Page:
A: If your only concern is about the hunter cat turning your home into the "nature channel," the easiest thing to try is a cat bib. While it may not be the best feline fashion statement, this device hangs down the front of a cat and keeps her from getting the jump on her prey. As for bells on cat collars, they do sometimes work to scare birds away. But some cats learn how to stalk without ringing their bells. Who says cats aren't smart?
The better route to take is to convince your outdoor adventure lovers to accept an indoor-only life.
Feline frustration can turn into an orchestra of cat complaints. Some cats complain vocally (nonstop), others make the 50-yard dash to the door their sport (nonstop), while still others play Tarzan indoors from curtains to couches. Cranky cats may pick on each other. Just a few escapes can drag out this feline focus and fury on gaining freedom. If you decide to make them indoor cats, go cold turkey. Once they're in, they're in forever.
When you take away the great outdoors, replace it with a new indoor cat jungle. Purchase a few floor-to-ceiling cat trees for climbing and perching. Place new things to explore in the room every day. Boxes and bags make great cat caves to investigate. Place catnip mice in new places. Buy a variety of scratching surfaces, both vertical and horizontal. Add a few containers of cat grass. Buy cat toys that look like real prey and begin daily indoor hunts.
The better you are at creating a new nature environment indoors, the less fuss and stress for you and the cats when changing from outdoor to indoor scenery.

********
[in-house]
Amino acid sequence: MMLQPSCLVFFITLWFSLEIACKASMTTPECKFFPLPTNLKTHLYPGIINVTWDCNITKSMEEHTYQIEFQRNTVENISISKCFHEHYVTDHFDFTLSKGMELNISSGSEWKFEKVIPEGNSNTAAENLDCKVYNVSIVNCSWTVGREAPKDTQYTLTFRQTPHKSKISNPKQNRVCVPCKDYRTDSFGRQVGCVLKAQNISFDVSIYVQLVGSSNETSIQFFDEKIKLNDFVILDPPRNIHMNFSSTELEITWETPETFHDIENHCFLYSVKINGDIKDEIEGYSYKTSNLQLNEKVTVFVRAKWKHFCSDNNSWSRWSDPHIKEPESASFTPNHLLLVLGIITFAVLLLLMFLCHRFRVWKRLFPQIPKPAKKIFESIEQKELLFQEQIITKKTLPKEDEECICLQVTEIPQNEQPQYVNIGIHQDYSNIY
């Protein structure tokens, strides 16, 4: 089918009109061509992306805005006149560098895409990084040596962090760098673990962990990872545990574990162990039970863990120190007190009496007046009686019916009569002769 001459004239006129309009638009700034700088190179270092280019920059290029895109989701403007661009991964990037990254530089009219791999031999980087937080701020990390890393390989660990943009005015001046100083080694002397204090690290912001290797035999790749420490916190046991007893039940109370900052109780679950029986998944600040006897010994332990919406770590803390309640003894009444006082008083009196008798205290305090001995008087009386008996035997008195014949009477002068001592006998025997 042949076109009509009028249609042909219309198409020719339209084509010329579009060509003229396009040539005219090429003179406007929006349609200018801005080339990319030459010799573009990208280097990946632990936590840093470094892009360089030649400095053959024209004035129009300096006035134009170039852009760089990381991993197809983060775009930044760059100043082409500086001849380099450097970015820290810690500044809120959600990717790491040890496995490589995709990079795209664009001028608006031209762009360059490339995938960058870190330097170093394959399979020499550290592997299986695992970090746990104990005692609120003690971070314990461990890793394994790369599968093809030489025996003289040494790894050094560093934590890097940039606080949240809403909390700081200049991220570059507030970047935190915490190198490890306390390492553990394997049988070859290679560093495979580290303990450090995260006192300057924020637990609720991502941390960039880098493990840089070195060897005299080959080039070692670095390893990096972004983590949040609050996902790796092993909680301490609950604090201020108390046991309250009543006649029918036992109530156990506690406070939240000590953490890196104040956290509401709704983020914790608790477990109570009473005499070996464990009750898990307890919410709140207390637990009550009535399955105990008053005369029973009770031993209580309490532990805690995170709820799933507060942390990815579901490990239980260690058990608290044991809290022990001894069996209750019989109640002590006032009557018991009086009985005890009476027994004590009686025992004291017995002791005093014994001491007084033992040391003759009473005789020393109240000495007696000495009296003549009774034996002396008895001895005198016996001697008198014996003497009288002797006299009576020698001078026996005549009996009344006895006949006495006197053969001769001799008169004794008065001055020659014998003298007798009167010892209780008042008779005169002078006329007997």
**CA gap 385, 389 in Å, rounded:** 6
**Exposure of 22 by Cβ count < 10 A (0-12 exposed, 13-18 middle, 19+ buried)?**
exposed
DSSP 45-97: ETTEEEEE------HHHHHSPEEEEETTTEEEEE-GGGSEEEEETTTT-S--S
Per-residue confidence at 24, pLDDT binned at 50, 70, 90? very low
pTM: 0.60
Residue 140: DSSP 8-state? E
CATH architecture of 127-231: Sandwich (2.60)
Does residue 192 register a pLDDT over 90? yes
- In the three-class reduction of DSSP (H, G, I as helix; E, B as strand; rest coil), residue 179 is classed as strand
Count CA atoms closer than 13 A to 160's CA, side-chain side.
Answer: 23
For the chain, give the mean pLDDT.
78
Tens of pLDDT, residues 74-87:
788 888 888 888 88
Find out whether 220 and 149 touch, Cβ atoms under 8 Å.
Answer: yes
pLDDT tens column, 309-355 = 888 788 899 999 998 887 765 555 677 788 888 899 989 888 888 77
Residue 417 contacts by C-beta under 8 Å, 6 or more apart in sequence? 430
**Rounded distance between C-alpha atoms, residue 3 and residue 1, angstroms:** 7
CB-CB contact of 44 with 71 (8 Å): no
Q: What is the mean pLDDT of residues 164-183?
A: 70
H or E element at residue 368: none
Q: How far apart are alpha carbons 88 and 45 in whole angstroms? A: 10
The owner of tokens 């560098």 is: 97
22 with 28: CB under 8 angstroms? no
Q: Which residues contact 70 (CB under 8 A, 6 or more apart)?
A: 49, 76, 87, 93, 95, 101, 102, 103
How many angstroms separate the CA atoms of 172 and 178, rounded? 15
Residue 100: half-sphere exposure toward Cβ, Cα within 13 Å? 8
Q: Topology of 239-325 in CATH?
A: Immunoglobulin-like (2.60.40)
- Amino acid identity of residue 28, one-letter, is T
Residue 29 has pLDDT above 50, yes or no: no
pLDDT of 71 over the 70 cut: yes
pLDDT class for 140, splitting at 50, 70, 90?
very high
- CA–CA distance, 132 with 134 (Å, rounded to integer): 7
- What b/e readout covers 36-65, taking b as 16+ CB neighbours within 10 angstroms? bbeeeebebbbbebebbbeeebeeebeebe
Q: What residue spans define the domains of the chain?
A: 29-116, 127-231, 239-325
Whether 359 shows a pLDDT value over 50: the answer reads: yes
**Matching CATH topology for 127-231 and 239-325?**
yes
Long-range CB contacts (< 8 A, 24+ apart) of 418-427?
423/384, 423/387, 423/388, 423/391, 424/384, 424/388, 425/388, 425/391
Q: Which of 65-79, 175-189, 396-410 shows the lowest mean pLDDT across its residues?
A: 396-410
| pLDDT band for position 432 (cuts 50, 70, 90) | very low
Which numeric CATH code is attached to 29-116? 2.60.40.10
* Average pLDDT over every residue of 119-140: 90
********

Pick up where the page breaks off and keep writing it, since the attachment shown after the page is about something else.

Mentally and physically tired indoor cats will be more contented ones. They may never completely give up trying to escape, but over time, their efforts will wane. -- by Gina Spadafori
Beauty of black cats more than skin deep

  • If you have a black cat with yellow eyes, you have a pet who's not only striking in appearance, but fairly remarkable genetically. These cats display a condition known as melanism, which is more or less the opposite of the better-known albinism. Their genetic code is what makes them appear completely black with "Halloween eyes" to match. According to National Geographic's News Watch feature, "Melanism (is) seen in 11 of the 36 wild felid species, (and) produces yellow irises as a result of high levels of melanin in the pigment." While superstitions say that black cats are bad luck in the United States, the exact opposite is true in the United Kingdom. 

  • After the horrific deaths of nearly 50 large cats, wolves and bears following their release from a Zanesville, Ohio, compound in 2011, laws were changed that turned the state from one of the easiest places to keep dangerous exotic animals into one of the most difficult. Ohio officials have offered owners amnesty to turn in their animals under the state's new Dangerous Wild Animals and Restricted Snakes Act, but the Cleveland Plain Dealer reports that some are just being turned loose. 

  • A transfusion using blood donated by a dog saved the life of a poisoned cat. With no time to lose and the cat's life slipping from her grasp, New Zealand veterinarian Dr. Kate Heller took a chance that the unorthodox move would work -- and it did. One hour after the transfusion, the cat was on the way to recovery. -- Dr. Marty Becker and Gina Spadafori

Date Published: 9/9/2013 9:32:00 AM
Date Reviewed/Revised: 09/09/2013


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Gina Spadafori is the award-winning author of Dogs for Dummies, Cats for Dummies and Birds for Dummies. She is also affiliated with the Veterinary Information Network Inc., an international online service for veterinary professionals. Write to her at